The European Union’s top diplomat, Josep Borrell, said Saturday that Iran and world powers were “very close” to an agreement to revive their 2015 nuclear deal, which would curb Tehran’s nuclear program in exchange for lifting tough sanctions.
In 2018, then-U.S. President Donald Trump abandoned the pact, and about a year later, Tehran began violating its nuclear limits. About 11 months of on-and-off talks to revive the pact paused in Vienna earlier this month after Russia presented a new obstacle.
Russia later said it had received written guarantees that it would be able to carry out its work as a party to the deal, suggesting Moscow could allow it to be resuscitated.
“Now we are very close to an agreement, and I hope it will be possible,” the EU’s Borrell said in an address to the Doha Forum international conference. Borrell later told reporters that he believed a deal could be reached “in a matter of days.”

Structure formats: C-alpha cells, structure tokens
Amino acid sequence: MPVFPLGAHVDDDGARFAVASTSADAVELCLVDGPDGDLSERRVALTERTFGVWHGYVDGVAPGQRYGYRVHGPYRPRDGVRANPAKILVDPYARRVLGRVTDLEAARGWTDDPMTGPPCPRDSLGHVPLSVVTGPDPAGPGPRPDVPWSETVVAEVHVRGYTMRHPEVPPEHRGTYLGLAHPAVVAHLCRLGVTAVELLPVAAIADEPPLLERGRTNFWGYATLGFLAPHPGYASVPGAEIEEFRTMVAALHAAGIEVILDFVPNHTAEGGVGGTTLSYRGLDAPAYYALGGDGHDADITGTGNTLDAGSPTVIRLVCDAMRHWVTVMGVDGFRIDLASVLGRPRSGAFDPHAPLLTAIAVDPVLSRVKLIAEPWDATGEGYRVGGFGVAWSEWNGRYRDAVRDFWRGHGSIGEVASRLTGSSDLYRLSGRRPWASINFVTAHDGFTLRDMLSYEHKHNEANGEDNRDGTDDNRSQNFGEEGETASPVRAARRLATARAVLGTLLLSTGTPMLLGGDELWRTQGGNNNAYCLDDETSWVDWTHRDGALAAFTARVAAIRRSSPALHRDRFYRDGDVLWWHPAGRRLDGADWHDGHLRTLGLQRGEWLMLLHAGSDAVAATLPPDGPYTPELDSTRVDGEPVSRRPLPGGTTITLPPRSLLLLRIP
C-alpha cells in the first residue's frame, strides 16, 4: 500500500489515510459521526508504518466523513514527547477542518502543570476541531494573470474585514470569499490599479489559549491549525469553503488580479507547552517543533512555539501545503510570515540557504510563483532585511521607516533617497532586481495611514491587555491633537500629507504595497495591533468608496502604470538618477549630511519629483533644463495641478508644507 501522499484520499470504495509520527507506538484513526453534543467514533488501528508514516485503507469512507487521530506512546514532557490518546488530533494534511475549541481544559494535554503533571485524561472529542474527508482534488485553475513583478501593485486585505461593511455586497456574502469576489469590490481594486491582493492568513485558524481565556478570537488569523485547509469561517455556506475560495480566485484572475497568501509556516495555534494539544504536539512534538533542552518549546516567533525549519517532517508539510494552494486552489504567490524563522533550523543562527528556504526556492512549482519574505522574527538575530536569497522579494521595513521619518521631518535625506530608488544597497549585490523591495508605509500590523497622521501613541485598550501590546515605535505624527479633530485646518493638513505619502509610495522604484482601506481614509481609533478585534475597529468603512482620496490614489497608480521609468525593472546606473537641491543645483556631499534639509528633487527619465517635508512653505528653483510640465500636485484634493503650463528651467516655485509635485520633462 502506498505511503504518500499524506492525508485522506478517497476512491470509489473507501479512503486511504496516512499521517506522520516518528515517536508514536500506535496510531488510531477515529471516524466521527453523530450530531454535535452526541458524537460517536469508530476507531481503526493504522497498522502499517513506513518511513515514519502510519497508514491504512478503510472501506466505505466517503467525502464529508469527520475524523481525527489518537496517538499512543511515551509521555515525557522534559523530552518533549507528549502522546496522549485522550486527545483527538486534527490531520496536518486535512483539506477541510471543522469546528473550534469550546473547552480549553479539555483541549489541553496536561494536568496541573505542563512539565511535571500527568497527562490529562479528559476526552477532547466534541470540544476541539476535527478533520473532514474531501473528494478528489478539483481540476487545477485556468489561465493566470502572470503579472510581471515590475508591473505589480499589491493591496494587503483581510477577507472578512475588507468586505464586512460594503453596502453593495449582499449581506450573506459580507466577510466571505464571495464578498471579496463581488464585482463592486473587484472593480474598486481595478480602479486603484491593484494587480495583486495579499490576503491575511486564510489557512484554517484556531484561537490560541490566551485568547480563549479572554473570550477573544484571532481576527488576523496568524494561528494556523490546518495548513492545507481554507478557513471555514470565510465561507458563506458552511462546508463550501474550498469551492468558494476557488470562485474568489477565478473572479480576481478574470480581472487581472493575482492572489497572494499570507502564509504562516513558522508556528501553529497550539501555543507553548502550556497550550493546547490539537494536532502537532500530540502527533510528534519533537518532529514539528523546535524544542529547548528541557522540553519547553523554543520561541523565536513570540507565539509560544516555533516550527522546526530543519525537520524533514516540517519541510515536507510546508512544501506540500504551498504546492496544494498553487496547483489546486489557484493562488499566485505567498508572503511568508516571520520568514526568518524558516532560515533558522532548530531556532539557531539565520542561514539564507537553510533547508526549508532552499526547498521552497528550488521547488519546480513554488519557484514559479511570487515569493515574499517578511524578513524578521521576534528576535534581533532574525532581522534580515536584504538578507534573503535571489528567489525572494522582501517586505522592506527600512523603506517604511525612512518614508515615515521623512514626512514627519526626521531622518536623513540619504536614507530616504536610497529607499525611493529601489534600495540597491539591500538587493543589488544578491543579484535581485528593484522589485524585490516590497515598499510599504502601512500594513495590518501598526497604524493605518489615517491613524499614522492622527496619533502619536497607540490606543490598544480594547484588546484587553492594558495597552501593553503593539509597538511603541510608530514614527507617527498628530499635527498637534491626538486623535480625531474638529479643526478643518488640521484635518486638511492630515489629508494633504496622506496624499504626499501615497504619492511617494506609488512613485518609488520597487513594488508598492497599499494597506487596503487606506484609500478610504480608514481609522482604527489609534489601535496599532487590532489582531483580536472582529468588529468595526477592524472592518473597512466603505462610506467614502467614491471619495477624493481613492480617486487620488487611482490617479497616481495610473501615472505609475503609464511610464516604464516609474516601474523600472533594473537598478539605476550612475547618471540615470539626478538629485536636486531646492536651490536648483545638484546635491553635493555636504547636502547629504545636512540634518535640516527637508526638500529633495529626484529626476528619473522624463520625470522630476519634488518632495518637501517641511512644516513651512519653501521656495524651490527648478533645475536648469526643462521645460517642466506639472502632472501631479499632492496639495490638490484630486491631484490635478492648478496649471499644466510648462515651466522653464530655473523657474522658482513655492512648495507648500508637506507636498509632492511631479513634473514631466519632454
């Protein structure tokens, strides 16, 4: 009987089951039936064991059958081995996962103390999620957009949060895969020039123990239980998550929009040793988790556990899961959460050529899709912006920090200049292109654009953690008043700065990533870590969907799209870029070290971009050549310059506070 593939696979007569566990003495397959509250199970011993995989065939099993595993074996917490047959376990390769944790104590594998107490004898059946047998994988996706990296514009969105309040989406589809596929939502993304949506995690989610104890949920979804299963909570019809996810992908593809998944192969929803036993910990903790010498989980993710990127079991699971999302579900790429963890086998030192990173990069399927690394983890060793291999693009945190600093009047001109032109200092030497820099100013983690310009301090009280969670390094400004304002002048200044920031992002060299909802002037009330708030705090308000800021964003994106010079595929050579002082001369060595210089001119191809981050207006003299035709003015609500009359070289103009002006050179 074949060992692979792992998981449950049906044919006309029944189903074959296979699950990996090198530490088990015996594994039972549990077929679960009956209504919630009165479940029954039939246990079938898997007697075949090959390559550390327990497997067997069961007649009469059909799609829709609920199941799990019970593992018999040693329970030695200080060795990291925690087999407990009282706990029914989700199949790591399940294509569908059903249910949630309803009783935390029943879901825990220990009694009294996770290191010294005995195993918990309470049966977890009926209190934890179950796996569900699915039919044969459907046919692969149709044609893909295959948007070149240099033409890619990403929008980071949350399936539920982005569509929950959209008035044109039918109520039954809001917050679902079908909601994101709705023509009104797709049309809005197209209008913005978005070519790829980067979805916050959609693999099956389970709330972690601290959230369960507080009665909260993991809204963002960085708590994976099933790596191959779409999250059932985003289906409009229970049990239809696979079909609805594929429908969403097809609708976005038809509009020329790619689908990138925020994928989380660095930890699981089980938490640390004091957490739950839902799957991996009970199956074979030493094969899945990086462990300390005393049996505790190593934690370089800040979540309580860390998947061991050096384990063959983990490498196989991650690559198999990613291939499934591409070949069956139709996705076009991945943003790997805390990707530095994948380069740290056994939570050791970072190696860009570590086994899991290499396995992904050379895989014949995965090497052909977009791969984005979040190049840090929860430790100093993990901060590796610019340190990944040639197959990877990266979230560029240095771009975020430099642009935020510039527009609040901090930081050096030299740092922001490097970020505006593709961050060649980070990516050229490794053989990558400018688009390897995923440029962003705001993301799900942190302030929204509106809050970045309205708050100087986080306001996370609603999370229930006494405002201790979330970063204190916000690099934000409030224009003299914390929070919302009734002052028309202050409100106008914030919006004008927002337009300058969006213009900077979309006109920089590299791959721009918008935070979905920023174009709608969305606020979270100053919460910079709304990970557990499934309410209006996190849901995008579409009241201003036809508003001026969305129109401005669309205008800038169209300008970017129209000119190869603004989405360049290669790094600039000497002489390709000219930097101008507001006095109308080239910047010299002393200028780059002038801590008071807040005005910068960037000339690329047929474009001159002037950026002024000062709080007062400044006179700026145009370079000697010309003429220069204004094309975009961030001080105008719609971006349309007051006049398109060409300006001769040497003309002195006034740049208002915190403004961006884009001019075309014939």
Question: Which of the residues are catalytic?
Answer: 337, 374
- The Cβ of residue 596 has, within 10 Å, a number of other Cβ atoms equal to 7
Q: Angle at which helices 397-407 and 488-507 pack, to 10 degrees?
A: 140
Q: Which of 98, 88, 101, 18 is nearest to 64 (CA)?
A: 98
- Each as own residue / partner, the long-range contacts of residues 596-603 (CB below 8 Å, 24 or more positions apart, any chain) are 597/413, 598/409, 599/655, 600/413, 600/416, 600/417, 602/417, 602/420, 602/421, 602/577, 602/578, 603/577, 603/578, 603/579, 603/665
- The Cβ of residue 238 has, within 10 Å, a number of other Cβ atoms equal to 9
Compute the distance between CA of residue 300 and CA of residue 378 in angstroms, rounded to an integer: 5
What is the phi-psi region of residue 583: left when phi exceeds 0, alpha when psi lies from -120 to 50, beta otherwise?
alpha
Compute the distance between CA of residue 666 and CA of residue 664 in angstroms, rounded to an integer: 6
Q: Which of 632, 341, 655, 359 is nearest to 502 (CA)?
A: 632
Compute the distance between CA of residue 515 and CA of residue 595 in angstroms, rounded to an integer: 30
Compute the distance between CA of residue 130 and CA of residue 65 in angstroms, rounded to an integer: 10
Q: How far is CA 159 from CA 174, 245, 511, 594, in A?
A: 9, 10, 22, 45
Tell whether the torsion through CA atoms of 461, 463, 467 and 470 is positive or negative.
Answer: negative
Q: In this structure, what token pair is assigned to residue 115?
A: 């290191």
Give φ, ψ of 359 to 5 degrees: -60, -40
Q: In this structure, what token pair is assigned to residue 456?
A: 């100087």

The failure of efforts to restore the pact could carry the risk of a regional war or lead to more harsh Western sanctions on Iran and continued upward pressure on world oil prices that are already high because of the Russian invasion of Ukraine, analysts say.
Enrique Mora, the EU coordinator for the nuclear talks, is to meet Iran’s chief negotiator Saturday.
There are several difficult issues pending. Iran wants the removal of a U.S. foreign terrorist organization (FTO) designation against its elite Islamic Revolutionary Guard Corps (IRGC).
Iranian Foreign Minister Hossein Amir-Abdollahian said Saturday that the lifting of U.S. sanctions on the Revolutionary Guards was among Iran’s top demands but added that senior Guards officials had said that the deal should not be held up over the issue of sanctions against the Guards if the accord serves the interests of the people.
“But the Guards are among the main institutions in the country… and despite the permission of the Guards officials, this is one of our main issues,” Amir-Abdollahian told state TV.
Amir-Abdollahian said this week that a nuclear deal can be reached in the short term if the United States is pragmatic.
But U.S. officials have been more cautious in their assessment of efforts to revive the accord, the Joint Comprehensive Plan of Action (JCPOA).
Tehran has also been seeking guarantees that the United States will not unilaterally withdraw from any agreement. The extent to which sanctions would be rolled back is another sensitive subject.